The times of ignorance God overlooked, but now he commands all people everywhere to repent. Acts 17:30 (ESV)
Preachers rarely preach on repentance these days; it seems almost taboo. The message of repentance is seen as condemning and uncaring, maybe even bigoted. Whereas, the message of the love of God seems compassionate and inviting. In order to keep people from feeling uncomfortable and make them “feel at home” in our church services, many pastors shy away from the call for repentance, be it for saints or yet unrepentant sinners. Often unrepentant sinners are told that God loves them no matter what they have done and are encouraged to “invite” Jesus into their hearts (which a dead heart cannot do: Ephesians 2:1). Rarely if ever are they told that the wrath of God abides on them and that the only way they will gain relief from it is to come to Christ in repentance for the forgiveness of sins.
People love to be told they are loved, but the vast majority doesn’t want to hear that they need to repent of their ungodly lifestyles and come to Christ for the forgiveness of their sins. Though the message of the love of God has validity, it is the message of repentance for the forgiveness of sins that is the main call for sinners in the New Testament.
The ministry of John the Baptist, the forerunner of Jesus, consisted of proclaiming a baptism of repentance for the forgiveness of sins (Mark 1:4). Jesus preached repentance. Now after John was arrested, Jesus came into Galilee, proclaiming the gospel of God, and saying, “The time is fulfilled, and the kingdom of God is at hand; repent and believe in the gospel.” (Mark 1:14-15 ESV) And just before his ascension Jesus met with his disciples and told them that repentance and forgiveness of sins should be proclaimed in his name to all nations (Luke 24:45-47 ESV).
Isn’t it amazing that Jesus didn’t say that the love of God should be proclaimed to all the nations? You might argue that the love of God is demonstrated in Christ’s death and in the forgiveness of sins. And you would be correct. However, a person can believe Christ died and believe that God loves them and not have their sins forgiven. The only way their sins are forgiven and they come to salvation is through repentance and belief in the gospel. What is equally eye opening is that the word love is not found in the Acts of the Apostles. On the day of Pentecost Peter proclaimed to the crowd that they were the ones who had crucified Jesus and called for them to repent (Acts 2:36-38). The call for repentance is consistent in the Acts of the Apostles (Acts 3:19; 5:31; 8:22; 20:21; 26:20).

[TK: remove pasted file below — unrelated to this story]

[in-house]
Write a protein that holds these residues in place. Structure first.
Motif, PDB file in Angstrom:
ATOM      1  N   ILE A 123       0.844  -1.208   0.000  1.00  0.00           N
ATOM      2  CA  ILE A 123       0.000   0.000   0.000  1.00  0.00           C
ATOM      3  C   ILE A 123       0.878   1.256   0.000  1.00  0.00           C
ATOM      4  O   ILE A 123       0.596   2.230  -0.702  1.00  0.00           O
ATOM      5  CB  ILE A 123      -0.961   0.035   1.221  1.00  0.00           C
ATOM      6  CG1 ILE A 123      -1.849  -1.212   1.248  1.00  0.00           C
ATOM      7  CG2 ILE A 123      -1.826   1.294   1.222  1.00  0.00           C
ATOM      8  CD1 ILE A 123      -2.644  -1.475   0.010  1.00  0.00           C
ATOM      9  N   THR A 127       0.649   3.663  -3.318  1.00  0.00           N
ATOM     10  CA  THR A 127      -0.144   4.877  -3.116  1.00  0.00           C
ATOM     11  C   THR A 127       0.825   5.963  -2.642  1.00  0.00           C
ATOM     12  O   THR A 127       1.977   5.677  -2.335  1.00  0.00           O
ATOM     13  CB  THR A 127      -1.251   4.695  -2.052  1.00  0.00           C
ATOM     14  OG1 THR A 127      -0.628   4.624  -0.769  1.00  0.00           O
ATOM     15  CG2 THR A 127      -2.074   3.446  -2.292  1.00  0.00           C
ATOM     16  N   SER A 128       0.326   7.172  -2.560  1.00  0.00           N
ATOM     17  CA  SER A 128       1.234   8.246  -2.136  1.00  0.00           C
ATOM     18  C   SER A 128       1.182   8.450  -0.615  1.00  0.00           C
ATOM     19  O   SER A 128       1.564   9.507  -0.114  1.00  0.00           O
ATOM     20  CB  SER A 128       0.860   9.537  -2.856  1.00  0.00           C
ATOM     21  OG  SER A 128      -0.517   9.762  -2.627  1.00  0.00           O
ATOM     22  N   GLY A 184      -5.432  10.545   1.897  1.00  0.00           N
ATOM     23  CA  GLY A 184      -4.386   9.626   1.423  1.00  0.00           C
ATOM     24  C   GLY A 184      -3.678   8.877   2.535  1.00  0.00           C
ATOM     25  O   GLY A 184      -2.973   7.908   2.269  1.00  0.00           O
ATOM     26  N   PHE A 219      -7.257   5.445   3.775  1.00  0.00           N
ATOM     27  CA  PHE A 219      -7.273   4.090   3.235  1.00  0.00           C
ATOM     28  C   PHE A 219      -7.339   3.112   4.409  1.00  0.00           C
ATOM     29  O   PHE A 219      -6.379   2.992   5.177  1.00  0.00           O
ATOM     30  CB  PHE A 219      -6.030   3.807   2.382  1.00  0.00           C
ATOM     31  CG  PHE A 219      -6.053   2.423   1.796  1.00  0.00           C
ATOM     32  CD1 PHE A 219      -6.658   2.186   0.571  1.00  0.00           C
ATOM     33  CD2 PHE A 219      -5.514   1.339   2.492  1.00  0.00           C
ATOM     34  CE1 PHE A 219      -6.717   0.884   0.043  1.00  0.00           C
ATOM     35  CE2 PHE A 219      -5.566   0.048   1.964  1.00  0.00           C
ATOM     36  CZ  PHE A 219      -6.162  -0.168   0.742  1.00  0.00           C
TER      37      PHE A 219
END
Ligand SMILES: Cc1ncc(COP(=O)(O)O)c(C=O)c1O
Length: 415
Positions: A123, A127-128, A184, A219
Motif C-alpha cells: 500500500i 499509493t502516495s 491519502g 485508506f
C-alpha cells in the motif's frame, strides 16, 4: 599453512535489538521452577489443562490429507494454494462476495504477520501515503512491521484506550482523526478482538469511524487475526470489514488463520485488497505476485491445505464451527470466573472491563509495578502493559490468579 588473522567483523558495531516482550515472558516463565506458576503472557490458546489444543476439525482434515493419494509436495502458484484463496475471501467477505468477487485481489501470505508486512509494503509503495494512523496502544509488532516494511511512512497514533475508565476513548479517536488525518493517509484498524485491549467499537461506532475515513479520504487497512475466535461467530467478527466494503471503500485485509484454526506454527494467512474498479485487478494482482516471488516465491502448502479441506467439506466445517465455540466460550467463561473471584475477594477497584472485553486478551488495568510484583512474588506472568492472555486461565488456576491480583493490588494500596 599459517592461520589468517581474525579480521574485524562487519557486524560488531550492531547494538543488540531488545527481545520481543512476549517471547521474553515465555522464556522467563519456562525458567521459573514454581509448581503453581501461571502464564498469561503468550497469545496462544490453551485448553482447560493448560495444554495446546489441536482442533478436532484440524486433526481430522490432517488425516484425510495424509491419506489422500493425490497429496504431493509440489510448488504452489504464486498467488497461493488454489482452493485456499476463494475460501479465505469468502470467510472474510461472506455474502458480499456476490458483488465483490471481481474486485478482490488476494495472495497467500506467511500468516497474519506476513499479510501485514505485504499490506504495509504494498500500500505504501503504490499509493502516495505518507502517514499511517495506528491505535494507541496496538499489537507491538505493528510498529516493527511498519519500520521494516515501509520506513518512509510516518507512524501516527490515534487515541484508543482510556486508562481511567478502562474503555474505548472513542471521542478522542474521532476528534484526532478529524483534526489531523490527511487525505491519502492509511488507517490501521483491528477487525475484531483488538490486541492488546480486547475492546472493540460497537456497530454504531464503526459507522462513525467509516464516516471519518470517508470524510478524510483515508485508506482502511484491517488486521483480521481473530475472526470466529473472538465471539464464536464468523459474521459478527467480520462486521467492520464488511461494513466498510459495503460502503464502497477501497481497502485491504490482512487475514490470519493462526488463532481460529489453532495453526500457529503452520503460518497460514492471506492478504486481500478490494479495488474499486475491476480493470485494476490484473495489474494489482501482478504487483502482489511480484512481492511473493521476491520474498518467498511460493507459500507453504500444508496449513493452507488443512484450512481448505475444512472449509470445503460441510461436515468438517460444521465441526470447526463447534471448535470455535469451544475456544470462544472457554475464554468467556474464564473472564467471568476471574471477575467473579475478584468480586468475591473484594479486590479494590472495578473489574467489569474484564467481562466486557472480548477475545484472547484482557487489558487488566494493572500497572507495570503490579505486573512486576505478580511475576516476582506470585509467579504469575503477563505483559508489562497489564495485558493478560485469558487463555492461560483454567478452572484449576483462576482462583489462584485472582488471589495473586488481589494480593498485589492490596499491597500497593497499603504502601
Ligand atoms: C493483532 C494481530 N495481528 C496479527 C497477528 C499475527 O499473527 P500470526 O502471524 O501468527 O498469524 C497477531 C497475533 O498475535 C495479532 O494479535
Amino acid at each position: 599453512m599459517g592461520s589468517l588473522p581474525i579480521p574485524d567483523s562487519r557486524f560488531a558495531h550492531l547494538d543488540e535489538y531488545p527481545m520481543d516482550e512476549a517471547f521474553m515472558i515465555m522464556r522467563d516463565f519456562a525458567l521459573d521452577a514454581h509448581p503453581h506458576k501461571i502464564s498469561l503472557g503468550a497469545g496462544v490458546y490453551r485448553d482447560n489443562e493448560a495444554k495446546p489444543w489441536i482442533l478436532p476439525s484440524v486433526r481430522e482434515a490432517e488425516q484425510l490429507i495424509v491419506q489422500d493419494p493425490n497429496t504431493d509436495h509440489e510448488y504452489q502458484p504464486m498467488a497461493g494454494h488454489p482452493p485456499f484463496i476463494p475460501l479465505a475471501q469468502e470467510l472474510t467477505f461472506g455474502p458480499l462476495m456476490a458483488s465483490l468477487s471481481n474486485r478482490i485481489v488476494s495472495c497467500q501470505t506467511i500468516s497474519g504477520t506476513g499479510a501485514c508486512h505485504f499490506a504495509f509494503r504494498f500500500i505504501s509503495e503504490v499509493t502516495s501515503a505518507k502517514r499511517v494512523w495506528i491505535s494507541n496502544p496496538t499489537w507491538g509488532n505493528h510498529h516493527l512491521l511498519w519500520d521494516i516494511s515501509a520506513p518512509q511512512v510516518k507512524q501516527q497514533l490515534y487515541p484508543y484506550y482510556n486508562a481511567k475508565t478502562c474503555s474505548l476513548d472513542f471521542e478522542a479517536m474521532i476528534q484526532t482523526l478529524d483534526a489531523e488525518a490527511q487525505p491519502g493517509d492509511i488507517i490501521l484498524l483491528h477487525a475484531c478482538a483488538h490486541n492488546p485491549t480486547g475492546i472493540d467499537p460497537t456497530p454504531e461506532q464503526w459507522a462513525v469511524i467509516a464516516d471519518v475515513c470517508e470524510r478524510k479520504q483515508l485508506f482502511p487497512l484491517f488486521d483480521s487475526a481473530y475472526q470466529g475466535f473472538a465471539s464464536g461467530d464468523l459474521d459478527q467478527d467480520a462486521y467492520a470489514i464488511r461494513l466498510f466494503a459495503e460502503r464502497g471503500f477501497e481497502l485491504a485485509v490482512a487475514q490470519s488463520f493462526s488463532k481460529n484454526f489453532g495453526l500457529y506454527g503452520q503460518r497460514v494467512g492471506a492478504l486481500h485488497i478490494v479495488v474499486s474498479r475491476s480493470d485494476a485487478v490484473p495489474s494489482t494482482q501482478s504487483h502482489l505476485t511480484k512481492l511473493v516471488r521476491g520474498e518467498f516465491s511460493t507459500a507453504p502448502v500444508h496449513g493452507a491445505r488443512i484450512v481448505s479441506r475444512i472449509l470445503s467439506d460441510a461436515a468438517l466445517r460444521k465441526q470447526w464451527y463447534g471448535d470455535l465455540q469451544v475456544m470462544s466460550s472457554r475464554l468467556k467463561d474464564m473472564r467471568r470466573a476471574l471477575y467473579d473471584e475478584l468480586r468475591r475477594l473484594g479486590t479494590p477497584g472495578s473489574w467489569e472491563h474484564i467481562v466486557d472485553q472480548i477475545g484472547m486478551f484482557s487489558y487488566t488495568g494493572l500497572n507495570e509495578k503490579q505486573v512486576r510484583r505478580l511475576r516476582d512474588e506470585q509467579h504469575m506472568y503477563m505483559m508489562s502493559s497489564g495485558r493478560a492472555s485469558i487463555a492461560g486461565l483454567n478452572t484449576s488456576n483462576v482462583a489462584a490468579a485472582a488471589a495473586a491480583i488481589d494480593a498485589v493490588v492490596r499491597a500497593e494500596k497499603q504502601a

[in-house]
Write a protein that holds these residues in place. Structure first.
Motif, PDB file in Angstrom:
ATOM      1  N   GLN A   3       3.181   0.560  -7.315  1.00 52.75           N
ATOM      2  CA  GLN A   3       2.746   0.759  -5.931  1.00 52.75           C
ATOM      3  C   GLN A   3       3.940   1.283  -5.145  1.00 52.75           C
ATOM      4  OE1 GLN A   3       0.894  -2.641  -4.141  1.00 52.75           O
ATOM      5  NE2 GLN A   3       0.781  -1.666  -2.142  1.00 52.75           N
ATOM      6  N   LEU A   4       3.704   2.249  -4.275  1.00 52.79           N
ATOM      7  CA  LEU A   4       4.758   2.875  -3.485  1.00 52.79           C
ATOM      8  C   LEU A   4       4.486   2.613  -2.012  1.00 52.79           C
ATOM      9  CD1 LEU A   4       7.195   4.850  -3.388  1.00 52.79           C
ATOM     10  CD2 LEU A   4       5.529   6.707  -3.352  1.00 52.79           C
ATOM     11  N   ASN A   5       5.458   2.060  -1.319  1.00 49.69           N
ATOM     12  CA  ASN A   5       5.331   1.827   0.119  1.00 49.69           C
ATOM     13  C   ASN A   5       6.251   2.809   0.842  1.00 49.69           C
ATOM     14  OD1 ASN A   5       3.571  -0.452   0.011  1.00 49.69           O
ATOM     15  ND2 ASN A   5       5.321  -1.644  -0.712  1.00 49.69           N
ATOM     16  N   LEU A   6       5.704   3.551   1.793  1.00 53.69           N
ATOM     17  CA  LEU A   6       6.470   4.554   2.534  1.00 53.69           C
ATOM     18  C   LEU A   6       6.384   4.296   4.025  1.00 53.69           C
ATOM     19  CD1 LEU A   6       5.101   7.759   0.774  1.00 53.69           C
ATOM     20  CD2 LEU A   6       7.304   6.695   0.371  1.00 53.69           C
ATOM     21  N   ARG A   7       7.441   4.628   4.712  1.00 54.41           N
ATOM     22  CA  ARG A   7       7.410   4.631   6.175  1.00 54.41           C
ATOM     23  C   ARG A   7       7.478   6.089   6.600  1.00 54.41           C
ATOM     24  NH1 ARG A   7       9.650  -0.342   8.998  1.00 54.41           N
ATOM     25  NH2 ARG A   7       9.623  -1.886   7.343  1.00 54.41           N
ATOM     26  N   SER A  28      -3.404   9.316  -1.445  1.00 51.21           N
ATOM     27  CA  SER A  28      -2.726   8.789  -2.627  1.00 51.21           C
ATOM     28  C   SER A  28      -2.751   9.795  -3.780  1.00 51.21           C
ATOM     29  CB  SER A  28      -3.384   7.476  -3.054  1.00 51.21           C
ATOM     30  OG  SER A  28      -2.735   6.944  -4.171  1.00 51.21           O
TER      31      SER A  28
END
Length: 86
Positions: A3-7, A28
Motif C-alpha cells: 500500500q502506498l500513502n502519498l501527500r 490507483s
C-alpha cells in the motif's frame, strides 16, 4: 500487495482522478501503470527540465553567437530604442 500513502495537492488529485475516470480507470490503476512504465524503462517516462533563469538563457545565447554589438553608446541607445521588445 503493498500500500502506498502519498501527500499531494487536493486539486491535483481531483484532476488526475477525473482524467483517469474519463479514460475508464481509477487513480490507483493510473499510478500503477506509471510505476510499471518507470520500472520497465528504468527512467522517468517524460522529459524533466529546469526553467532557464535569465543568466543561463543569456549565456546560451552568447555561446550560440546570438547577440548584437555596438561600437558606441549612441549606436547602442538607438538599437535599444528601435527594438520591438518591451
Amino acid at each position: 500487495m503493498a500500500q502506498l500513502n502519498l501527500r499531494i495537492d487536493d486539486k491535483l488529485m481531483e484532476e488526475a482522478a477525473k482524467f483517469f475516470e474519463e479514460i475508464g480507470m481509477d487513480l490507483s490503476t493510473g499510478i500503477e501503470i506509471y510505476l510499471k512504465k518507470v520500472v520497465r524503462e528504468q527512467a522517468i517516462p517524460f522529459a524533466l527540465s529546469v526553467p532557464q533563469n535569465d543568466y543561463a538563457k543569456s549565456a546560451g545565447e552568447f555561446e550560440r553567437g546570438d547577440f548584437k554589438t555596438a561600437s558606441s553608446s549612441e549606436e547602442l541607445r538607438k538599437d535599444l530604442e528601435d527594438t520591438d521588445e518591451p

Repent means to think differently or reconsider. Repentance means to have a sense of guilt for doing something wrong or to have a reversal of decision. These definitions leave no doubt that repentance is necessary not only for those who have never believed on Christ but also for the Church. In the Revelation, Jesus commanded the churches to repent of their unrighteousness (Revelation 2:5, 16, 21-22; 3:3, 19). God desires that all his chosen ones come to repentance (2 Peter 3:9).
Have you come to Christ in repentance for the forgiveness of your sins? How long has it been, Christian, since you have shed tears of repentance for your sins?
Scriptures for meditation:
2 Corinthians 7:10